Initially there have been some established models, based on linear Darcy’s filtration law, for description of the kinetics of centrifugal impregnation (Patyakin *et al*. 1990). It also has been mentioned that the counter-pressure of the trapped air in some cases breaks the linear dependence between the impregnant hydraulic pressure and the impregnation front speed (Patyakin *et al*. 1990). The cited authors suggested using non-linear dependences between the hydraulic pressure and the speed of impregnation, *e.g. *as done by Aravin and Numerov 1953, who found general dependences for non-deformable media permeability for gases and liquids. This theoretical suggestion is based on the results of Chudinov (1984). But neither exact solution nor numeric for practical calculations have been provided.

A discussion of a theoretical model for centrifugal impregnation of wood is provided by Grigoriev *et al.* (2013). The model is based on the dependence, which discounts the rate regularity deviation between liquid filtration speed of wood sample and the Darcy ratio result (hereinafter – for non-linear filtering laws), for which the impregnation front speed is given by Eq. 1,

(1)

where *z* is the position of impregnation front measured from the sample butt dipped in the impregnant; *H*(*z*) is the impregnant pressure; *n* is a parameter in the nonlinear filtration law, the value of which is determined by the impregnated wood species as well as by other centrifugal impregnation process parameters; *K* is the linear coefficient of filtration, which is dependent on the wood species; and *f(K, n)* is a function of *K* and *n* filtration characteristics.

It can be seen from Eq. 1 that with changes in the *f*(*K*,*n*) function and *n*, the speed *v* is also changed in value, even when the value of *H*(*z*) remains constant. Thus, in this model, the empirical *K* and *n* parameters are involved to describe permeability of the samples being impregnated caused by the internal flow resistance or the forces caused by the liquid and the wood interaction.

However, the application of the proposed model in practice requires additional experimental data. For practical use of the model Eq. 1, it is necessary to study the *K* and *n* parameters numeric regarding the parameters of wood samples and the centrifugal impregnation process.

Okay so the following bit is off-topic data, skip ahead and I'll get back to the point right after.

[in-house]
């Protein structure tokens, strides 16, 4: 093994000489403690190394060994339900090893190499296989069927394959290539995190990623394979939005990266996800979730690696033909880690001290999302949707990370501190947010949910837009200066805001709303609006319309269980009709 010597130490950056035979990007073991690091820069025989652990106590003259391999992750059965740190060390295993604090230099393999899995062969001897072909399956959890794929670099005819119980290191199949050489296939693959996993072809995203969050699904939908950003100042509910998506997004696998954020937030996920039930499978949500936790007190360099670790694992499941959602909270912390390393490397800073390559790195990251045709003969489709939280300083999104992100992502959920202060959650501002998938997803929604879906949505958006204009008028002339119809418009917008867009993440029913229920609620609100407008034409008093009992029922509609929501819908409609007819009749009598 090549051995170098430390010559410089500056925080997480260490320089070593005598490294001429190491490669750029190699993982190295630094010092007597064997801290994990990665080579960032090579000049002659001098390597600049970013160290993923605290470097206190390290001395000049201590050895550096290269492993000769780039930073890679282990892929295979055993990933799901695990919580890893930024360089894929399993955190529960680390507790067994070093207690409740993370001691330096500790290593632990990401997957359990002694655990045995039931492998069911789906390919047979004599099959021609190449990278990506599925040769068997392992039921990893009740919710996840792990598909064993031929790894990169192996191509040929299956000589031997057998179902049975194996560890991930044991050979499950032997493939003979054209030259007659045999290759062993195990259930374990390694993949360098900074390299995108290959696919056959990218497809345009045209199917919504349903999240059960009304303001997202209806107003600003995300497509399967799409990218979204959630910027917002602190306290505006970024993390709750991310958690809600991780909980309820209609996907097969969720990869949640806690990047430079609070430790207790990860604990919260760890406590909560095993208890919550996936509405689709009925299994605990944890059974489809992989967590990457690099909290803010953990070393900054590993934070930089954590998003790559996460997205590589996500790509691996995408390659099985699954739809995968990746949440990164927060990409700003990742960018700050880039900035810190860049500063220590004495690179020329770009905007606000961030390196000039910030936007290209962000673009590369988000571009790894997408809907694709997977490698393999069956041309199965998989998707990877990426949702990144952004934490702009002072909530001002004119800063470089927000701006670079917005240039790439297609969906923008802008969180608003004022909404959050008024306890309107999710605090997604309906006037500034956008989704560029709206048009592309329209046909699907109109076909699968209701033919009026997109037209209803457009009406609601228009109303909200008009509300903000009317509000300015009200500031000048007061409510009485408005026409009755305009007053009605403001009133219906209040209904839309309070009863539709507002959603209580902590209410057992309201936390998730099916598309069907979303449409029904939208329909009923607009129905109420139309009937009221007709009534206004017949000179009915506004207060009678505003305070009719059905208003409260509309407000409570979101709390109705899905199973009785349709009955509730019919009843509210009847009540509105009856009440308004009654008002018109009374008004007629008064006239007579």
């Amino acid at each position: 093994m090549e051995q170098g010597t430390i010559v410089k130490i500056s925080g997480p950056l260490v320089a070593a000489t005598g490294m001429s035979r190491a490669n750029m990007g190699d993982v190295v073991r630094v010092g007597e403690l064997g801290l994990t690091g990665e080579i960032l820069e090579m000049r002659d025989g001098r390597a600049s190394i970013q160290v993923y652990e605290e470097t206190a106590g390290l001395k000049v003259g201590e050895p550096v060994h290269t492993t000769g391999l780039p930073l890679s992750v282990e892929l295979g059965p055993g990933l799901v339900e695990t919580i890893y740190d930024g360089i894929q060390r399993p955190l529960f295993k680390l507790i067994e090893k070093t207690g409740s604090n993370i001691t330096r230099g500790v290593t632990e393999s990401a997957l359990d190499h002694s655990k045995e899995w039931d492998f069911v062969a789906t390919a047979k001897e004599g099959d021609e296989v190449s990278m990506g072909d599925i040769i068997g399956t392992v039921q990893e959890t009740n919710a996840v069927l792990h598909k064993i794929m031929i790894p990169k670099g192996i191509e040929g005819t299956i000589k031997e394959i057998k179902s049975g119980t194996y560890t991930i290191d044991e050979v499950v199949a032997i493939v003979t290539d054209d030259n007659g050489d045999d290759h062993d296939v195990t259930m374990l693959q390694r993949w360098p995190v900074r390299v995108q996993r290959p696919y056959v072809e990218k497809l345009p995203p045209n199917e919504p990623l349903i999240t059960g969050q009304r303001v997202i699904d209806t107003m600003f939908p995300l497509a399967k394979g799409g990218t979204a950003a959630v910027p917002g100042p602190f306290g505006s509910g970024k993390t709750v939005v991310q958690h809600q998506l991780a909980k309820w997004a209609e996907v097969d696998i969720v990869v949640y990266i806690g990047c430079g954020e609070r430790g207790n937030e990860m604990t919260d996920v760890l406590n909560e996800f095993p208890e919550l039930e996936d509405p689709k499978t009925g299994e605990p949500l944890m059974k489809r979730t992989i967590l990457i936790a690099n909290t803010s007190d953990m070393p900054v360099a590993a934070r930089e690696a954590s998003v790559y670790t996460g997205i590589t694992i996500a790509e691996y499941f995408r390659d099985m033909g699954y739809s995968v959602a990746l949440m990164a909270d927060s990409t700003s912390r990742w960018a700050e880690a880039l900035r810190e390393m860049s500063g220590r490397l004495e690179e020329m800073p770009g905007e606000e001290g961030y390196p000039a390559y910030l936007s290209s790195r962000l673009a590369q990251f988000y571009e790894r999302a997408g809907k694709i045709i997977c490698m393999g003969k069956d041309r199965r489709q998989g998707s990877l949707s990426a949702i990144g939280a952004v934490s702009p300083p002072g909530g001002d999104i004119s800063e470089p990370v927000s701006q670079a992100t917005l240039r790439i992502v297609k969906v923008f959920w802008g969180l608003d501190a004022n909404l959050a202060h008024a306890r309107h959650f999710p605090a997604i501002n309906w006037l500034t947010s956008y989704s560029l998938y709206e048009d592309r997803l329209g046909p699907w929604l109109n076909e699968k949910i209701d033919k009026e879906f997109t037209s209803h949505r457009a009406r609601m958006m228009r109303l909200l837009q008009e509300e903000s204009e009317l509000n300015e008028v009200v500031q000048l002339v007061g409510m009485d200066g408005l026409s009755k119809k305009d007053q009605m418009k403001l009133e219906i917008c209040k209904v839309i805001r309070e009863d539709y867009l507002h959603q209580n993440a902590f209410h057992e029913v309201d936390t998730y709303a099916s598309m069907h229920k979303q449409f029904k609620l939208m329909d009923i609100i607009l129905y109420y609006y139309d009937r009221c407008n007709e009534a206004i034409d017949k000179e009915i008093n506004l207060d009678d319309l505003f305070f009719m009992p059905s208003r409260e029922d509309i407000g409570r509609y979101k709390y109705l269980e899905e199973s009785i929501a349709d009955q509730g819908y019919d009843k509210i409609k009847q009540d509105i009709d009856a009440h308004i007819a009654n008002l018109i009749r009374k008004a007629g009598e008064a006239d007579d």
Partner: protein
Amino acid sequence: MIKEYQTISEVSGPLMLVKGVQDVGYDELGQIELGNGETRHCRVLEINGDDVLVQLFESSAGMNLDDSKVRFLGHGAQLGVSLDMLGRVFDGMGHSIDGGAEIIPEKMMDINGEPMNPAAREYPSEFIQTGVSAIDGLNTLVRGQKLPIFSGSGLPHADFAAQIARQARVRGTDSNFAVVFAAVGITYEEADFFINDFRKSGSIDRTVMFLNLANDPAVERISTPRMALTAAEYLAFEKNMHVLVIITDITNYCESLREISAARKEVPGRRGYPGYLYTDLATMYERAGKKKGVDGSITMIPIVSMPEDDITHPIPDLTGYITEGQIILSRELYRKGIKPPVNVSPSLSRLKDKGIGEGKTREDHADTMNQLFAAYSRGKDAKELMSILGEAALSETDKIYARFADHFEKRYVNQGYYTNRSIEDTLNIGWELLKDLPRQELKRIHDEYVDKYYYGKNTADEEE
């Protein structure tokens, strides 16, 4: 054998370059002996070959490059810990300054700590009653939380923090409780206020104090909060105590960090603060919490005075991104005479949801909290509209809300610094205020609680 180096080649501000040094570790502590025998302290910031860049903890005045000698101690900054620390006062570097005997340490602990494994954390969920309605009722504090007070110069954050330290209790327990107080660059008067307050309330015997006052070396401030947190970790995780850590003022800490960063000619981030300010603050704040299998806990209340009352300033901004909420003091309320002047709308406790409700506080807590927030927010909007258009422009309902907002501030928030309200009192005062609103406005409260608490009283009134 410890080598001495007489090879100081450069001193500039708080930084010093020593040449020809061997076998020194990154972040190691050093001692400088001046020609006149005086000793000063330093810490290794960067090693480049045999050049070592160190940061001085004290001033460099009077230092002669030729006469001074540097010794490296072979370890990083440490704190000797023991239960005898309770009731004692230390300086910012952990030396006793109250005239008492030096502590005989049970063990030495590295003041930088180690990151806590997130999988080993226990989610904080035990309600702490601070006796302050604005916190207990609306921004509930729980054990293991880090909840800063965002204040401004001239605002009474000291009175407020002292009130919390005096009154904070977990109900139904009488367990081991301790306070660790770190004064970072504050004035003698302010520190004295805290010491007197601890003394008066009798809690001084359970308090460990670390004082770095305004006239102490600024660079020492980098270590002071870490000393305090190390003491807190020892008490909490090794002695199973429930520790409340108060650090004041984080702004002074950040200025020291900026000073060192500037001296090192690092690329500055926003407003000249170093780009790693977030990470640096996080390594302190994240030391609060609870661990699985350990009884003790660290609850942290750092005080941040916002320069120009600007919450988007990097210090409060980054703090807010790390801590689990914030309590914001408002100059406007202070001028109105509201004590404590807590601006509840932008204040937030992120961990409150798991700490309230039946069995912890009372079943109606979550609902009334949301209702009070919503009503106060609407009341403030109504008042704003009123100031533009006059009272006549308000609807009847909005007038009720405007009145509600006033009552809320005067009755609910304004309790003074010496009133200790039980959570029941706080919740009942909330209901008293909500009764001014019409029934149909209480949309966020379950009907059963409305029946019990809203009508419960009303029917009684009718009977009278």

The major aim of this research is the derivation of experimental coefficient values from the nonlinear relation of the centrifugal wood impregnation front speed.

**EXPERIMENTAL**

This research was conducted by the Department of Technology of Timber Enterprises in their laboratory at St. Petersburg State Forest Technical University in Russia.

The controlled independent variable were: the wood species used for the experiment aspen (*Populus tremula*) and birch (*Betula pendula*), the centrifuge platform radius *s* (0.5 m), the geometric parameters of the experimental samples (dimensions of 0.045 x 0.045 m, length 0.33 m), the temperature of the impregnants used in the experiment (20 °C), and the impregnation liquid level *h* in the metal cylinder reservoir with the experimental samples (0.3 m). The impregnants used for this research were: 10% aqueous solution of potassium chloride (density *ρ* = 1063 kg/m^{3}) and 2% aqueous solution of borax (density *ρ* = 1024 kg/m^{3}). Both liquids were controlled with an areometer.

The schematics of the experimental centrifuge used for this research are shown in Figs. 1 and 2.

**Fig. 1.** Scheme of the experimental installation: 1 – carousel; 2 – installation body; 3 – clamps; 4 – impregnating bath, 5 – rotation axis; 6 – control desk

The moisture content of the wood samples *W* ranged from 10 to 70% (10%, 40%, and 70%). The rotary speed of the centrifuge platform *N* ranged from 450 to 750 rev/min (450 rev/min, 600 rev/min, and 750 rev/min), while the total impregnation time was 630 seconds. Thus, the matrix of experimental studies included 9 independent combinations of the moisture content and the rotary speed, which is enough to obtain two-parametrical nonlinear models, because the number of sets, 9, exceeds the number of estimated parameters, which may be 8 at maximum.

After mass and moisture of a sample were determined, an experimental sample was placed in the impregnating bath, fixing it in using a corset (Fig. 1). The impregnating bath was filled with impregnant to the level of 300 mm (impregnating liquid level *h* was set lower than that that of the wood sample in order to provide sample’s impregnation from only immersed side. Otherwise counter-pressure of the impregnant may occur) and hermetically closed with a lid (which is not shown in Fig. 2).

**Fig. 2.** Scheme of sample placing in bath: 1 – carousel; 2 – impregnating bath; 3 – impregnant; 4 – wood sample; 5 – clamps

The wood sample was fixed on the centrifuge platform with clamps (Fig. 1). The gear was then turned on and, after reaching the steady rotary speed (average of 4 to 5 seconds) the sample was impregnated for 30 seconds (rotation in the horizontal plane). Then it was removed from the bath and weighed; after weighing, the sample again was placed in the bath and impregnated for an additional 30 seconds at the steady rotary speed. The impregnation and weighing of the samples were performed before the total impregnation time in steady rotary speed reached 630 seconds, which means a total of 21 impregnations and weighting cycles. This procedure was repeated five times.